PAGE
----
8.9 — Introduction to function overloading

Consider the following function:

int add(int x, int y)
{
    return x + y;
}

This trivial function adds two integers and returns an integer result. However, what if we also want a function that can add two floating point numbers? This add() function is not suitable, as any floating point parameters would be converted to integers, causing the floating point arguments to lose their fractional values.

One way to work around this issue is to define multiple functions with slightly different names:

int addInteger(int x, int y)
{
    return x + y;
}

double addDouble(double x, double y)
{
    return x + y;
}

However, for best effect, this requires that you define a consistent function naming standard for similar functions that have parameters of different types, remember the names of these functions, and actually call the correct one.

And then what happens when we want to have a similar function that adds 3 integers instead of 2? Managing unique names for each function quickly becomes burdensome.

Introduction to function overloading

Fortunately, C++ has an elegant solution to handle such cases. Function overloading allows us to create multiple functions with the same name, so long as each identically named function has different parameters (or the functions can be otherwise differentiated). Each function sharing a name (in the same scope) is called an overloaded function (sometimes called an overload for short).

To overload our add() function, we can simply declare another add() function that takes double parameters:

double add(double x, double y)
{
    return x + y;
}

We now have two versions of add() in the same scope:

int add(int x, int y) // integer version
{
    return x + y;
}

double add(double x, double y) // floating point version
{
    return x + y;
}

int main()
{
    return 0;
}

The above program will compile. Although you might expect these functions to result in a naming conflict, that is not the case here. Because the parameter types of these functions differ, the compiler is able to differentiate these functions, and will treat them as separate functions that just happen to share a name.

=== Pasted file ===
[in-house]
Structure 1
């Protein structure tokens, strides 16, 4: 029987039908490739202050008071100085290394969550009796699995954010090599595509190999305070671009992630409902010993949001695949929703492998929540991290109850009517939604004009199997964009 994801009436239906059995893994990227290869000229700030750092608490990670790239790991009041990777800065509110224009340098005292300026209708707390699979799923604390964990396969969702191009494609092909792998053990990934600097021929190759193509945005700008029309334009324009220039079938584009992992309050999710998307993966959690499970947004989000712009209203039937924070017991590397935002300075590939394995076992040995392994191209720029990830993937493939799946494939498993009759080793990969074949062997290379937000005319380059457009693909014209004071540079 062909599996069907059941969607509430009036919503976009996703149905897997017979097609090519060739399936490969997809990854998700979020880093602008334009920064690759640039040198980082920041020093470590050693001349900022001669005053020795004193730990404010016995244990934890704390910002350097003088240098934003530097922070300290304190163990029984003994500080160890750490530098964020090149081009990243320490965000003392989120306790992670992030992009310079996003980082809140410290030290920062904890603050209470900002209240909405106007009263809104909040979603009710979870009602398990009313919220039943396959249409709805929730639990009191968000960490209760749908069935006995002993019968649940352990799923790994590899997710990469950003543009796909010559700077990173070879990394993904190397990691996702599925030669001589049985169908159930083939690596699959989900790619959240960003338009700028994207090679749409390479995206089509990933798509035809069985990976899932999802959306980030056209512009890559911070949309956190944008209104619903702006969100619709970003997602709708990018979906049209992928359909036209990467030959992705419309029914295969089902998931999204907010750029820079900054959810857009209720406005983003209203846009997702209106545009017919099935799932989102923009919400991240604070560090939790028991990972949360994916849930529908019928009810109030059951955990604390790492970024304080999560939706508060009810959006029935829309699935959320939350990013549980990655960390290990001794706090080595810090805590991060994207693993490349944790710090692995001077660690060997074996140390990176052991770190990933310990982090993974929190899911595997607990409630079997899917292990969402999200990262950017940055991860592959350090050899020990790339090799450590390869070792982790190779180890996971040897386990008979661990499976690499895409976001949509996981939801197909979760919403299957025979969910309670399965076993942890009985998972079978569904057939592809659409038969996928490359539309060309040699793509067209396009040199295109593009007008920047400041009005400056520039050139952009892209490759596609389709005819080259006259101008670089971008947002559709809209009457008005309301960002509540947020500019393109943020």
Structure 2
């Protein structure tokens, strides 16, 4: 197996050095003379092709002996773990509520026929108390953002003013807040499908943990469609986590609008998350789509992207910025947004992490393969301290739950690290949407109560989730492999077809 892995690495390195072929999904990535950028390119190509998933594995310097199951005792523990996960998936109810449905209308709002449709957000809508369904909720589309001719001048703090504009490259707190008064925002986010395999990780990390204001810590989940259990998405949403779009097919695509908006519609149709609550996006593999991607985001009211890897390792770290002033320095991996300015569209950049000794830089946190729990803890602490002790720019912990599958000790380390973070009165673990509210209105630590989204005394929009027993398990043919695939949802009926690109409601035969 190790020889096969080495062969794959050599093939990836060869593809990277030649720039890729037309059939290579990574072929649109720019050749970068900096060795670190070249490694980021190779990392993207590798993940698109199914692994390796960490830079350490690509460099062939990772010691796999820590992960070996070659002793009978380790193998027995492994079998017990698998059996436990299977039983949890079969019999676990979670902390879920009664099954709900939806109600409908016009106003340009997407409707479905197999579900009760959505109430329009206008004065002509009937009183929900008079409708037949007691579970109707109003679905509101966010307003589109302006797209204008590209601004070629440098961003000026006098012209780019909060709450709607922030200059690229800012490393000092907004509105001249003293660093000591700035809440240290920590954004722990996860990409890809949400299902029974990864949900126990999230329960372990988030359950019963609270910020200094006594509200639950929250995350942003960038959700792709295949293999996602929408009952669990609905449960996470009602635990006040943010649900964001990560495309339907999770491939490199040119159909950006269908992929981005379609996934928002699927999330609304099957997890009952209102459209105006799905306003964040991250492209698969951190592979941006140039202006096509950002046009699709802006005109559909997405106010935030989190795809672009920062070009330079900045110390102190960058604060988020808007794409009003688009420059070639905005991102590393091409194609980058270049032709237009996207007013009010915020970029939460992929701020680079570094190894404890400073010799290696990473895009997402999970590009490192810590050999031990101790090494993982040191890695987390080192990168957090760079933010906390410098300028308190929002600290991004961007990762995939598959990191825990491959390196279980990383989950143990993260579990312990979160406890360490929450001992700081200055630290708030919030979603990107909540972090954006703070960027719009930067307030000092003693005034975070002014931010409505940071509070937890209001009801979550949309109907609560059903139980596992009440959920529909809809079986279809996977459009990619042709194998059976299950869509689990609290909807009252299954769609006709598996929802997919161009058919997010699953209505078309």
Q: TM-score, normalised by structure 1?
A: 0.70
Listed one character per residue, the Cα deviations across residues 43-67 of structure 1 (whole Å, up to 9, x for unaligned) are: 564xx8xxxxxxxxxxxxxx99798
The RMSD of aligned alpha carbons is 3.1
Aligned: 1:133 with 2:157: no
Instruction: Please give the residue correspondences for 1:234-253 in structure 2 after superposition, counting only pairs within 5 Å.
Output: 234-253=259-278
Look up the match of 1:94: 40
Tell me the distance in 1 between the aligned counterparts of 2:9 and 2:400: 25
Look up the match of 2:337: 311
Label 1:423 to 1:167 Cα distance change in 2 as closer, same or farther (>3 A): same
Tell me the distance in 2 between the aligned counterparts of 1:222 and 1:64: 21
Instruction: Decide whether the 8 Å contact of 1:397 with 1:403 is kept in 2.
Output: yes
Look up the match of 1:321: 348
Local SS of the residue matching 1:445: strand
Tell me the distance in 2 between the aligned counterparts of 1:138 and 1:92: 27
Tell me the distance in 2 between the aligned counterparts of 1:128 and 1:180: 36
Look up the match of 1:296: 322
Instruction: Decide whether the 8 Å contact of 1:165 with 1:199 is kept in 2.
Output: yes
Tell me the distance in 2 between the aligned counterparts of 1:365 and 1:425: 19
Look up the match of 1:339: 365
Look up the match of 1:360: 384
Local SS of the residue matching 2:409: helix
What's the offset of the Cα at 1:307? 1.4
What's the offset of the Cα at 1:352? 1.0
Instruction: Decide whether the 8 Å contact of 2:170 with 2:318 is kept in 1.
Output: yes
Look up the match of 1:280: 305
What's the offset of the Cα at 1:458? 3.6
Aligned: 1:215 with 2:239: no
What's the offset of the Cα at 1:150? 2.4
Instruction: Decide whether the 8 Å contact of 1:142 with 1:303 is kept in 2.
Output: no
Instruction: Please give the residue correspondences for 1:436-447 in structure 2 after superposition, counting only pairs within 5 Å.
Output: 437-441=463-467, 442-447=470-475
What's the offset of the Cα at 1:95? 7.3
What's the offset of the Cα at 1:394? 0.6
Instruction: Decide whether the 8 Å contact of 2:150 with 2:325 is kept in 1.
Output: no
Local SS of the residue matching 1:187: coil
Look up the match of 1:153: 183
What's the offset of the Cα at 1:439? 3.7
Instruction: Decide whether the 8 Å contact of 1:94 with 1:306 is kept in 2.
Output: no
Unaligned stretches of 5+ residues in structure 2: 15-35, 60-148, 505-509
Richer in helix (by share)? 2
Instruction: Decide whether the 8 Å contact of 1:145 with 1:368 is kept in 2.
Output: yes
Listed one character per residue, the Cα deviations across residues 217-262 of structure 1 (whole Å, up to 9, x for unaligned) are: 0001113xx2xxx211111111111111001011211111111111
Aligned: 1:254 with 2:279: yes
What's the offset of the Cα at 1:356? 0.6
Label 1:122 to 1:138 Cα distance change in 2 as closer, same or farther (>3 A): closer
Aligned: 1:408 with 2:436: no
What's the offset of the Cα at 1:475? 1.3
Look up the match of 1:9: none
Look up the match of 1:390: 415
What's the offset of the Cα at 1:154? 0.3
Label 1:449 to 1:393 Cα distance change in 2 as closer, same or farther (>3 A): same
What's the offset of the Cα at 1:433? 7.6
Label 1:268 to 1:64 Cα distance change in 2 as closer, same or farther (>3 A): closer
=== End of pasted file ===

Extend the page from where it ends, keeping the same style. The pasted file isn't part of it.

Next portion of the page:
Key insight

Functions can be overloaded so long as each overloaded function can be differentiated by the compiler. If an overloaded function can not be differentiated, a compile error will result.

Related content

Because operators in C++ are just functions, operators can also be overloaded. We’ll discuss this in 13.1 -- Introduction to operator overloading.

Introduction to overload resolution

Additionally, when a function call is made to function that has been overloaded, the compiler will try to match the function call to the appropriate overload based on the arguments used in the function call. This is called overload resolution.

Here’s a simple example demonstrating this:

#include <iostream>

int add(int x, int y)
{
    return x + y;
}

double add(double x, double y)
{
    return x + y;
}

int main()
{
    std::cout << add(1, 2); // calls add(int, int)
    std::cout << '\n';
    std::cout << add(1.2, 3.4); // calls add(double, double)

    return 0;
}

The above program compiles and produces the result:

3
4.6

When we provide integer arguments in the call to add(1, 2), the compiler will determine that we’re trying to call add(int, int). And when we provide floating point arguments in the call to add(1.2, 3.4), the compiler will determine that we’re trying to call add(double, double).

Making it compile

In order for program using overloaded functions to compile, two things have to be true:

  1. Each overloaded function has to be differentiated from the others. We discuss how functions can be differentiated in lesson 8.10 -- Function overload differentiation.
  2. Each call to an overloaded function has to resolve to an overloaded function. We discuss how the compiler matches function calls to overloaded functions in lesson 8.11 -- Function overload resolution and ambiguous matches.

If an overloaded function is not differentiated, or if a function call to an overloaded function can not be resolved to an overloaded function, then a compile error will result.

In the next lesson, we’ll explore how overloaded functions can be differentiated from each other. Then, in the following lesson, we’ll explore how the compiler resolves function calls to overloaded functions.

Conclusion

Function overloading provides a great way to reduce the complexity of your program by reducing the number of function names you need to remember. It can and should be used liberally.

Best practice

Use function overloading to make your program simpler.

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